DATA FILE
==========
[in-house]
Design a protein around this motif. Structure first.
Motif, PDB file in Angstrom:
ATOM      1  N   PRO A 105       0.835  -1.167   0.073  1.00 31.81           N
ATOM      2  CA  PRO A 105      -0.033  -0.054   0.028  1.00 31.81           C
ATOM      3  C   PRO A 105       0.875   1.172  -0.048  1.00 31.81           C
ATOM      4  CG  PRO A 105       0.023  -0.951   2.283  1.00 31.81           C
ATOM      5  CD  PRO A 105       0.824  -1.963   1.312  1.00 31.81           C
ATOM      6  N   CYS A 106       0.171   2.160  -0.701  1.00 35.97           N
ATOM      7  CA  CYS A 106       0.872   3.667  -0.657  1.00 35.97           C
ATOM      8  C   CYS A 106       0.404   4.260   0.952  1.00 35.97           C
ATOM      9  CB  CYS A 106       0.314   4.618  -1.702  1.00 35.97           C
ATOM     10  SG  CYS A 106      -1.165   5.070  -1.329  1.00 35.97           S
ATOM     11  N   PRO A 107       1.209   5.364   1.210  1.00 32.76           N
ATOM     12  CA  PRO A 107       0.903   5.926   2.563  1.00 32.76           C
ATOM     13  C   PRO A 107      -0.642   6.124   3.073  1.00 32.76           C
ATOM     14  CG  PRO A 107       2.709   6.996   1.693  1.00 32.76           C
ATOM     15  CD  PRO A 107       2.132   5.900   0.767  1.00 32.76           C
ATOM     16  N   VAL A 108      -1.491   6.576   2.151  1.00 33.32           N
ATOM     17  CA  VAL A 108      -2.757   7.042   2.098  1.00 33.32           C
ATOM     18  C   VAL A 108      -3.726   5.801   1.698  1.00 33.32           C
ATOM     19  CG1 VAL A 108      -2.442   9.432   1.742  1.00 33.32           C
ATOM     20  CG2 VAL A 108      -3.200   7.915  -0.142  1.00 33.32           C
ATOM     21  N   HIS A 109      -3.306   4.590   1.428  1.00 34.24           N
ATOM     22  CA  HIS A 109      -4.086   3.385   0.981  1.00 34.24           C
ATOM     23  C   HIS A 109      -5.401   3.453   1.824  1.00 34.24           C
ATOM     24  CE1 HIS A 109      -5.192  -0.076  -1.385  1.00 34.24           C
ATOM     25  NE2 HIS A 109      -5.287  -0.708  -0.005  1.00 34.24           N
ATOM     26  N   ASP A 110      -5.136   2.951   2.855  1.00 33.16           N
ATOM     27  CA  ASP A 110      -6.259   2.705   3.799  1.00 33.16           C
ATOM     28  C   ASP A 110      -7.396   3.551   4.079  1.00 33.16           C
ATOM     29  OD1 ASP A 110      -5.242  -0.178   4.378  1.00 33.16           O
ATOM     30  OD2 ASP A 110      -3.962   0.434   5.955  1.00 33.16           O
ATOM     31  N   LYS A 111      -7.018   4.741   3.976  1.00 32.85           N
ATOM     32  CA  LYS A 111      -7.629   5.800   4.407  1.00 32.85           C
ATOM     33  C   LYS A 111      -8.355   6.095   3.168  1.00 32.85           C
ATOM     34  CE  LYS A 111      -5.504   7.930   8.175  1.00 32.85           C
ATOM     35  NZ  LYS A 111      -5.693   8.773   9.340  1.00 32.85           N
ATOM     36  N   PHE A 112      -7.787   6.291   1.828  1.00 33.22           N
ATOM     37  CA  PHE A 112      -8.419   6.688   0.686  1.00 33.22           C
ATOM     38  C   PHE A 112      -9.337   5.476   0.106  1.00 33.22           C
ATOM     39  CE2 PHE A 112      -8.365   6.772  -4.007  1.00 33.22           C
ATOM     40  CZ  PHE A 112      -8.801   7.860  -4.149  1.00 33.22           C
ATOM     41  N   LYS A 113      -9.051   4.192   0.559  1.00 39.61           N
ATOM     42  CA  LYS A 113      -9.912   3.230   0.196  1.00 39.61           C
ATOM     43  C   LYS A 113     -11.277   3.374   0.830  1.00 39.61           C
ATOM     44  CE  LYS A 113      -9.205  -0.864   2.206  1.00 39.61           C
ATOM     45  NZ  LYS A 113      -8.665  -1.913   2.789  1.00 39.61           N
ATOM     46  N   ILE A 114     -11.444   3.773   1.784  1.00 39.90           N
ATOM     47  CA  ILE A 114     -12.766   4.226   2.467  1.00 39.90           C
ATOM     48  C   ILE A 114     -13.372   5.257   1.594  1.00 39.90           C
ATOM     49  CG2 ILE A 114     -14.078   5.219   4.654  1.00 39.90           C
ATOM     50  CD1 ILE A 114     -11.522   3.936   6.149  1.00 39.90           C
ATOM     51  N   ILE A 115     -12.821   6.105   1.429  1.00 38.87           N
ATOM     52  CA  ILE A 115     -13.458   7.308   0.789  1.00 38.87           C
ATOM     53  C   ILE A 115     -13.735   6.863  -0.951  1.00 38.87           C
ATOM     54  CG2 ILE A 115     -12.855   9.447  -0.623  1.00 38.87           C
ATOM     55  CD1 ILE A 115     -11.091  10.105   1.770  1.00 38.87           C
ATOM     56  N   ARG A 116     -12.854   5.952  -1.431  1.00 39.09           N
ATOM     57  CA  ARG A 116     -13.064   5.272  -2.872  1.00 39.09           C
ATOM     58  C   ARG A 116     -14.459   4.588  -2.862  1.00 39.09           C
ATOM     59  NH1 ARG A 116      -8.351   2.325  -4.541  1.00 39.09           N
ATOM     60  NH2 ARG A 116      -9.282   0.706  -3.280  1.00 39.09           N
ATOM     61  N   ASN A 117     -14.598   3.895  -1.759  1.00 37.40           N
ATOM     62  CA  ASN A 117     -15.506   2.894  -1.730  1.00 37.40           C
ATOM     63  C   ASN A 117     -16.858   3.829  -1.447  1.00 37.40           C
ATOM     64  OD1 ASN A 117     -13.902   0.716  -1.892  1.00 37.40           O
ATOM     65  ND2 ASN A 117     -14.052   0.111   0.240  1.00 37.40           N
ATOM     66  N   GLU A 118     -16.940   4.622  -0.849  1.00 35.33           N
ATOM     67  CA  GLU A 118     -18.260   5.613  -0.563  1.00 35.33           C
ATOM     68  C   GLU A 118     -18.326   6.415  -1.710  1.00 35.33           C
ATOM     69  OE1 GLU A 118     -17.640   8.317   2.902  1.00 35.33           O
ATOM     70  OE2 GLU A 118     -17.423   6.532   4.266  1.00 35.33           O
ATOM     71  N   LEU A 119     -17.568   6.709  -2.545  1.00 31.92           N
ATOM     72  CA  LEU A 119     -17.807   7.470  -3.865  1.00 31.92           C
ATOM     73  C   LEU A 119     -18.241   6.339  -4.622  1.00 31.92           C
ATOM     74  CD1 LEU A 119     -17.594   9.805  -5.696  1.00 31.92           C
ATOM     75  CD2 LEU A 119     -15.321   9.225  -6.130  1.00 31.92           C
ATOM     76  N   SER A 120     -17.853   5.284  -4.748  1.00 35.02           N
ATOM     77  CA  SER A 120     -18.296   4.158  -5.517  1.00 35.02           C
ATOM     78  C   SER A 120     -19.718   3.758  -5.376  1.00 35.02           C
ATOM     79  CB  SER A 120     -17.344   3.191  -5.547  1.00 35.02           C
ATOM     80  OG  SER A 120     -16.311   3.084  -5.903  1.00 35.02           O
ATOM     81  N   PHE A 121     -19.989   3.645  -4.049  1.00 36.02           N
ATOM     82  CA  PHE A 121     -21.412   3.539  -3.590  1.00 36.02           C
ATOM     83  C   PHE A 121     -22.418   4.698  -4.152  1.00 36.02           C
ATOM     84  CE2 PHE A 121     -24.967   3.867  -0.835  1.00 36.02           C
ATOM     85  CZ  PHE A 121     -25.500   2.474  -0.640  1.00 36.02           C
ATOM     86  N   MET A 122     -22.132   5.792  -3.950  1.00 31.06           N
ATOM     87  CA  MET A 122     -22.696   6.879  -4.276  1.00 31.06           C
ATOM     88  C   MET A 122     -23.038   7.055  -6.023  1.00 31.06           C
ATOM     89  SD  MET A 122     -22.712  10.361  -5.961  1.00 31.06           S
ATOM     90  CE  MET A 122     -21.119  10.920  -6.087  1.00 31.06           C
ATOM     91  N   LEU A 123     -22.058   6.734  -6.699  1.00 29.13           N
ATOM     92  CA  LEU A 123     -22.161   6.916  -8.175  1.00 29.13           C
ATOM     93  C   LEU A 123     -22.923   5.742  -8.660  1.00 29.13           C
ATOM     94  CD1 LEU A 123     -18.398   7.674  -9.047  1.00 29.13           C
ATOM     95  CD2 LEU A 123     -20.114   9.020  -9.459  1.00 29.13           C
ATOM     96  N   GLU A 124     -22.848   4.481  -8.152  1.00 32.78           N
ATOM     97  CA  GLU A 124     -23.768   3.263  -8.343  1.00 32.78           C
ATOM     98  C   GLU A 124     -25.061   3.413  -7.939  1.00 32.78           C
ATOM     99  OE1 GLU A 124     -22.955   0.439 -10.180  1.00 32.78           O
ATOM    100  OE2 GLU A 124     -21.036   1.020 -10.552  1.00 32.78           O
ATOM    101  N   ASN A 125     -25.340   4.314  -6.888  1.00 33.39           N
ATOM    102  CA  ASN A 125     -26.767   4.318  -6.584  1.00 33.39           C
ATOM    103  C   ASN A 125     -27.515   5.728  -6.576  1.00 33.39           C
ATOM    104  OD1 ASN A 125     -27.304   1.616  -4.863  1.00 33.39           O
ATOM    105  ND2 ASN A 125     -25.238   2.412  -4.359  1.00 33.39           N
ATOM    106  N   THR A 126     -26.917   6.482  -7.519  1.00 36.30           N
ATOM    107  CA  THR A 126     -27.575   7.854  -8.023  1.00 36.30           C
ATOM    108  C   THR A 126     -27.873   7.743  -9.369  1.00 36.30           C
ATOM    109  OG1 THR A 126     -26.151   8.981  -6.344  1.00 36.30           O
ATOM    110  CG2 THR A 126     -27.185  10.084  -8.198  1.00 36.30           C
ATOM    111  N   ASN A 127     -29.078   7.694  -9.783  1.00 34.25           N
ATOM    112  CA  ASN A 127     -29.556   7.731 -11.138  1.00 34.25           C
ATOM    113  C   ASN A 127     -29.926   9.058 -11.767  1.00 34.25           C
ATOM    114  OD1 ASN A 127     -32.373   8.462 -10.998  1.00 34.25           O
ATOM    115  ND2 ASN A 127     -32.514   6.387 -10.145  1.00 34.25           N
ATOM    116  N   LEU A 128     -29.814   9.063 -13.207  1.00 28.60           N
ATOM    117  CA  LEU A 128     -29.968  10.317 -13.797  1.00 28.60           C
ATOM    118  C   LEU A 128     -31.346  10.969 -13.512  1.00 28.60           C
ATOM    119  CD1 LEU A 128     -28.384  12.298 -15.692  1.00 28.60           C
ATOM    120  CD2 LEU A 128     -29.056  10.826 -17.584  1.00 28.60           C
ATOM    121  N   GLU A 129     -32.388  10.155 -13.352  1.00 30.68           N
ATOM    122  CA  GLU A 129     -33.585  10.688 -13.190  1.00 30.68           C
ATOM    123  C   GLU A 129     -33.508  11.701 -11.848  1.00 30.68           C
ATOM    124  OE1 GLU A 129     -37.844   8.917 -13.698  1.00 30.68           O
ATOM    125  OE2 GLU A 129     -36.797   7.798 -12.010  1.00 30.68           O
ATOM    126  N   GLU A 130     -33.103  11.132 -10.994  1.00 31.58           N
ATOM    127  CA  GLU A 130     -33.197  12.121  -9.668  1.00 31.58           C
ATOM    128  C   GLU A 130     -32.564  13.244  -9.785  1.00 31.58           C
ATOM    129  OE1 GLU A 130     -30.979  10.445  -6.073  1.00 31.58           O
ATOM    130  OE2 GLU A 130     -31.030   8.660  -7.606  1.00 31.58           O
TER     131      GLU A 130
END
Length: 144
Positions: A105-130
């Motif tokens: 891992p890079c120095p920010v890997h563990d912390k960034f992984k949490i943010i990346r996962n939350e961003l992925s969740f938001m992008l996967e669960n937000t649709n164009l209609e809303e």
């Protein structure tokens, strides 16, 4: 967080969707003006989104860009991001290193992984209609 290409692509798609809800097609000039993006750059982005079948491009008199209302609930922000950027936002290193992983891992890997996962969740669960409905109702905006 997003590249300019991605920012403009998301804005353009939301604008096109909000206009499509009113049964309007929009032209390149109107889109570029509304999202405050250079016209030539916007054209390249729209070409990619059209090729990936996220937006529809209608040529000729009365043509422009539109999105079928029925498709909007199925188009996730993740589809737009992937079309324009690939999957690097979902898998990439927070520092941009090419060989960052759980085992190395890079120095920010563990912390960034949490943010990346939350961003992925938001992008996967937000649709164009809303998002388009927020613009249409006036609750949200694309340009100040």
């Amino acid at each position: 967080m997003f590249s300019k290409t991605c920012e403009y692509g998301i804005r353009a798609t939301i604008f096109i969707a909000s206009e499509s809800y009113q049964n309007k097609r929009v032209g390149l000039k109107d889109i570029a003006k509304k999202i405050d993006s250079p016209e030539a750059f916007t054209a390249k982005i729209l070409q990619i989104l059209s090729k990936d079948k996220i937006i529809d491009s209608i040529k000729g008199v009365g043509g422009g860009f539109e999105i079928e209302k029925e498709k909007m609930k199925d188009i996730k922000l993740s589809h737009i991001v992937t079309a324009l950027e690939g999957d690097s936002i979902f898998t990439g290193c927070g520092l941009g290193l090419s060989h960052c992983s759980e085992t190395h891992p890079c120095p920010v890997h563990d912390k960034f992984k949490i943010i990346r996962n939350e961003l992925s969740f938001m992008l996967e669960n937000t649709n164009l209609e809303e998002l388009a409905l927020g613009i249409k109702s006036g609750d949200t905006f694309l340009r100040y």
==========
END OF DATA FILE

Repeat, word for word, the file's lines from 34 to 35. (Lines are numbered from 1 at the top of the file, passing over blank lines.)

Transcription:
ATOM     31  N   LYS A 111      -7.018   4.741   3.976  1.00 32.85           N
ATOM     32  CA  LYS A 111      -7.629   5.800   4.407  1.00 32.85           C